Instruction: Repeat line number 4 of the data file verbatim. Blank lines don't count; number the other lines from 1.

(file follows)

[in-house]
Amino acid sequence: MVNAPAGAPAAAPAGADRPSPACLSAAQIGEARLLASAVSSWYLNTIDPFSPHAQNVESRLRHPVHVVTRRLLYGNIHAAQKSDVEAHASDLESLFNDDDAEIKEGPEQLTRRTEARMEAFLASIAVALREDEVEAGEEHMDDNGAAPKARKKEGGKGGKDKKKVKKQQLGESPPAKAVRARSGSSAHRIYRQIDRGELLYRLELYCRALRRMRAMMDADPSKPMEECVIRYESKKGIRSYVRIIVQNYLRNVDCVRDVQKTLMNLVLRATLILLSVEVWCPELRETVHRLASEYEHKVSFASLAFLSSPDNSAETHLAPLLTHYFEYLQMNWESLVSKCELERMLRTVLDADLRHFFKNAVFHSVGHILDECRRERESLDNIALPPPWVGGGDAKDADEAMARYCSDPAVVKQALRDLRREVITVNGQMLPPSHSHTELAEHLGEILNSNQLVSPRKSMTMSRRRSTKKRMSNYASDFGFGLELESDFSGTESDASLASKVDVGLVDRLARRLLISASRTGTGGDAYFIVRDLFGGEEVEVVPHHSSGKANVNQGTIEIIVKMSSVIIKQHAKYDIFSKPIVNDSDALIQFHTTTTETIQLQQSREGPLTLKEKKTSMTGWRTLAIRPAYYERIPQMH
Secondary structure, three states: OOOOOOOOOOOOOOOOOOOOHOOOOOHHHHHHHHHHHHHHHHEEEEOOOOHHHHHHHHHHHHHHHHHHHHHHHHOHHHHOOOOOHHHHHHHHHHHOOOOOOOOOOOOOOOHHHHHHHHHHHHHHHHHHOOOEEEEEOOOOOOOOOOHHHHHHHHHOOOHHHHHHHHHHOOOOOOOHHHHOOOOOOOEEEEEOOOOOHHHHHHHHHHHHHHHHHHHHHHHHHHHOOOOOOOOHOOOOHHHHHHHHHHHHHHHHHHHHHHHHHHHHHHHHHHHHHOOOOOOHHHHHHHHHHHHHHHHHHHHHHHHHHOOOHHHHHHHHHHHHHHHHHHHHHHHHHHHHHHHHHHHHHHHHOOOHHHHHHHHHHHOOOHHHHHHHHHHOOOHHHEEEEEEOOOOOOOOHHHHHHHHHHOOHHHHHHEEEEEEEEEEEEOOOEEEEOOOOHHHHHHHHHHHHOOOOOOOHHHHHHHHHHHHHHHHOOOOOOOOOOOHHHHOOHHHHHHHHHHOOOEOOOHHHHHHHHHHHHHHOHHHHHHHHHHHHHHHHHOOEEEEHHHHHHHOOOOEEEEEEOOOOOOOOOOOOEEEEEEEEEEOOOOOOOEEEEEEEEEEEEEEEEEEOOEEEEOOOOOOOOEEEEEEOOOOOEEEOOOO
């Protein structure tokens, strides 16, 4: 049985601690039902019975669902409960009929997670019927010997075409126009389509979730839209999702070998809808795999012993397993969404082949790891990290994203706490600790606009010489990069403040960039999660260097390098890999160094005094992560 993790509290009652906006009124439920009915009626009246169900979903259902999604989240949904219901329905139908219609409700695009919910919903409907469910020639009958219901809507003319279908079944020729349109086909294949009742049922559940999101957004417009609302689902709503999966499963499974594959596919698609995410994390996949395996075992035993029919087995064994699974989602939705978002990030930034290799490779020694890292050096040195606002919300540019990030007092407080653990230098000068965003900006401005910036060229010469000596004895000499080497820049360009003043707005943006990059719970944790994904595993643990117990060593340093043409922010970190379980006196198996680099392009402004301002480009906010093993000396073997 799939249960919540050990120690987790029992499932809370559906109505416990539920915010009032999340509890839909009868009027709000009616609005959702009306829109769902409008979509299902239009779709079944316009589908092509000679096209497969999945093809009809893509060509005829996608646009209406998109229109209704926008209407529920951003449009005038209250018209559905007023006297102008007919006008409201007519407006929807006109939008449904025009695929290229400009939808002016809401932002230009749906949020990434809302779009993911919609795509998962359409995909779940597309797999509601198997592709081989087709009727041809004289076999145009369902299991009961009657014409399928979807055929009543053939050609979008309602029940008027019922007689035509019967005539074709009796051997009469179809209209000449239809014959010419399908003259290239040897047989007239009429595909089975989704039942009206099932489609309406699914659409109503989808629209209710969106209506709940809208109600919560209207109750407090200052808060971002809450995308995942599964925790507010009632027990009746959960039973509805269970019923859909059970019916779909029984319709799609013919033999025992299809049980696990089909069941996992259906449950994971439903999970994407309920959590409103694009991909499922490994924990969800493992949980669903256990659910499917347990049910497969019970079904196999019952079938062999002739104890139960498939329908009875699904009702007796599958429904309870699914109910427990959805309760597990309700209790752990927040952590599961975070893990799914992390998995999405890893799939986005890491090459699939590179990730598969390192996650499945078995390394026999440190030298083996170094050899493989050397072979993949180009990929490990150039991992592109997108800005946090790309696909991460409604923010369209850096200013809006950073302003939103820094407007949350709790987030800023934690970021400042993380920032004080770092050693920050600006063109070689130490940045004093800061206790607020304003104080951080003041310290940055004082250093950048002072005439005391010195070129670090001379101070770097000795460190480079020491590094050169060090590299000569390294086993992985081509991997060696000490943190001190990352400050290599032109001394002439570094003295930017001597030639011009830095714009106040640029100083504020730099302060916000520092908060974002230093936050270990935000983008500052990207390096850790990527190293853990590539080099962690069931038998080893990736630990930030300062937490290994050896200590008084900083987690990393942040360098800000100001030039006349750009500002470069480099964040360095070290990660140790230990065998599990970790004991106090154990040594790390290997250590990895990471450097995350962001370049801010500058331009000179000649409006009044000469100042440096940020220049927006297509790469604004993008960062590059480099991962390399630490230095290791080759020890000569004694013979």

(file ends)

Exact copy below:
């Protein structure tokens, strides 16, 4: 049985601690039902019975669902409960009929997670019927010997075409126009389509979730839209999702070998809808795999012993397993969404082949790891990290994203706490600790606009010489990069403040960039999660260097390098890999160094005094992560 993790509290009652906006009124439920009915009626009246169900979903259902999604989240949904219901329905139908219609409700695009919910919903409907469910020639009958219901809507003319279908079944020729349109086909294949009742049922559940999101957004417009609302689902709503999966499963499974594959596919698609995410994390996949395996075992035993029919087995064994699974989602939705978002990030930034290799490779020694890292050096040195606002919300540019990030007092407080653990230098000068965003900006401005910036060229010469000596004895000499080497820049360009003043707005943006990059719970944790994904595993643990117990060593340093043409922010970190379980006196198996680099392009402004301002480009906010093993000396073997 799939249960919540050990120690987790029992499932809370559906109505416990539920915010009032999340509890839909009868009027709000009616609005959702009306829109769902409008979509299902239009779709079944316009589908092509000679096209497969999945093809009809893509060509005829996608646009209406998109229109209704926008209407529920951003449009005038209250018209559905007023006297102008007919006008409201007519407006929807006109939008449904025009695929290229400009939808002016809401932002230009749906949020990434809302779009993911919609795509998962359409995909779940597309797999509601198997592709081989087709009727041809004289076999145009369902299991009961009657014409399928979807055929009543053939050609979008309602029940008027019922007689035509019967005539074709009796051997009469179809209209000449239809014959010419399908003259290239040897047989007239009429595909089975989704039942009206099932489609309406699914659409109503989808629209209710969106209506709940809208109600919560209207109750407090200052808060971002809450995308995942599964925790507010009632027990009746959960039973509805269970019923859909059970019916779909029984319709799609013919033999025992299809049980696990089909069941996992259906449950994971439903999970994407309920959590409103694009991909499922490994924990969800493992949980669903256990659910499917347990049910497969019970079904196999019952079938062999002739104890139960498939329908009875699904009702007796599958429904309870699914109910427990959805309760597990309700209790752990927040952590599961975070893990799914992390998995999405890893799939986005890491090459699939590179990730598969390192996650499945078995390394026999440190030298083996170094050899493989050397072979993949180009990929490990150039991992592109997108800005946090790309696909991460409604923010369209850096200013809006950073302003939103820094407007949350709790987030800023934690970021400042993380920032004080770092050693920050600006063109070689130490940045004093800061206790607020304003104080951080003041310290940055004082250093950048002072005439005391010195070129670090001379101070770097000795460190480079020491590094050169060090590299000569390294086993992985081509991997060696000490943190001190990352400050290599032109001394002439570094003295930017001597030639011009830095714009106040640029100083504020730099302060916000520092908060974002230093936050270990935000983008500052990207390096850790990527190293853990590539080099962690069931038998080893990736630990930030300062937490290994050896200590008084900083987690990393942040360098800000100001030039006349750009500002470069480099964040360095070290990660140790230990065998599990970790004991106090154990040594790390290997250590990895990471450097995350962001370049801010500058331009000179000649409006009044000469100042440096940020220049927006297509790469604004993008960062590059480099991962390399630490230095290791080759020890000569004694013979």